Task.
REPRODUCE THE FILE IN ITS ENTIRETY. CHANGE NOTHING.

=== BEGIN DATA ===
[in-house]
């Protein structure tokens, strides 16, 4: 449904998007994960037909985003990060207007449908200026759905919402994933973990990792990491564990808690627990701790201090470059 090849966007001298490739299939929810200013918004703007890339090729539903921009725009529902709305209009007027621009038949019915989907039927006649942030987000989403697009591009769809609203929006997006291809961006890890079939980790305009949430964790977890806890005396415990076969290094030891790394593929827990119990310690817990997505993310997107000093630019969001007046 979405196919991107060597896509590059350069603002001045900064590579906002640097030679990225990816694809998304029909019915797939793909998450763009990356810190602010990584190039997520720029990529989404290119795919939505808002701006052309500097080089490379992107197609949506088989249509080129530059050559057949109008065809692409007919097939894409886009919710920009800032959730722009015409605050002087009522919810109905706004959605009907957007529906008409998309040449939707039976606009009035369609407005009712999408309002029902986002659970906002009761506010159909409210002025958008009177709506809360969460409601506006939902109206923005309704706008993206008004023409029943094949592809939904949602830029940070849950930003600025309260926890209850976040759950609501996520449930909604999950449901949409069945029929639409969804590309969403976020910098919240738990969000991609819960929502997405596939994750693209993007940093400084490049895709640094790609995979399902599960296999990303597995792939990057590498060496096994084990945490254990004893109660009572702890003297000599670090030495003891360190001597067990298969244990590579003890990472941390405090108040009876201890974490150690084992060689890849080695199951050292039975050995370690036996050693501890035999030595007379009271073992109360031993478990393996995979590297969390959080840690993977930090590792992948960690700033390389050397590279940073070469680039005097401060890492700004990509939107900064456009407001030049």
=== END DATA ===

[in-house]
């Protein structure tokens, strides 16, 4: 449904998007994960037909985003990060207007449908200026759905919402994933973990990792990491564990808690627990701790201090470059 090849966007001298490739299939929810200013918004703007890339090729539903921009725009529902709305209009007027621009038949019915989907039927006649942030987000989403697009591009769809609203929006997006291809961006890890079939980790305009949430964790977890806890005396415990076969290094030891790394593929827990119990310690817990997505993310997107000093630019969001007046 979405196919991107060597896509590059350069603002001045900064590579906002640097030679990225990816694809998304029909019915797939793909998450763009990356810190602010990584190039997520720029990529989404290119795919939505808002701006052309500097080089490379992107197609949506088989249509080129530059050559057949109008065809692409007919097939894409886009919710920009800032959730722009015409605050002087009522919810109905706004959605009907957007529906008409998309040449939707039976606009009035369609407005009712999408309002029902986002659970906002009761506010159909409210002025958008009177709506809360969460409601506006939902109206923005309704706008993206008004023409029943094949592809939904949602830029940070849950930003600025309260926890209850976040759950609501996520449930909604999950449901949409069945029929639409969804590309969403976020910098919240738990969000991609819960929502997405596939994750693209993007940093400084490049895709640094790609995979399902599960296999990303597995792939990057590498060496096994084990945490254990004893109660009572702890003297000599670090030495003891360190001597067990298969244990590579003890990472941390405090108040009876201890974490150690084992060689890849080695199951050292039975050995370690036996050693501890035999030595007379009271073992109360031993478990393996995979590297969390959080840690993977930090590792992948960690700033390389050397590279940073070469680039005097401060890492700004990509939107900064456009407001030049």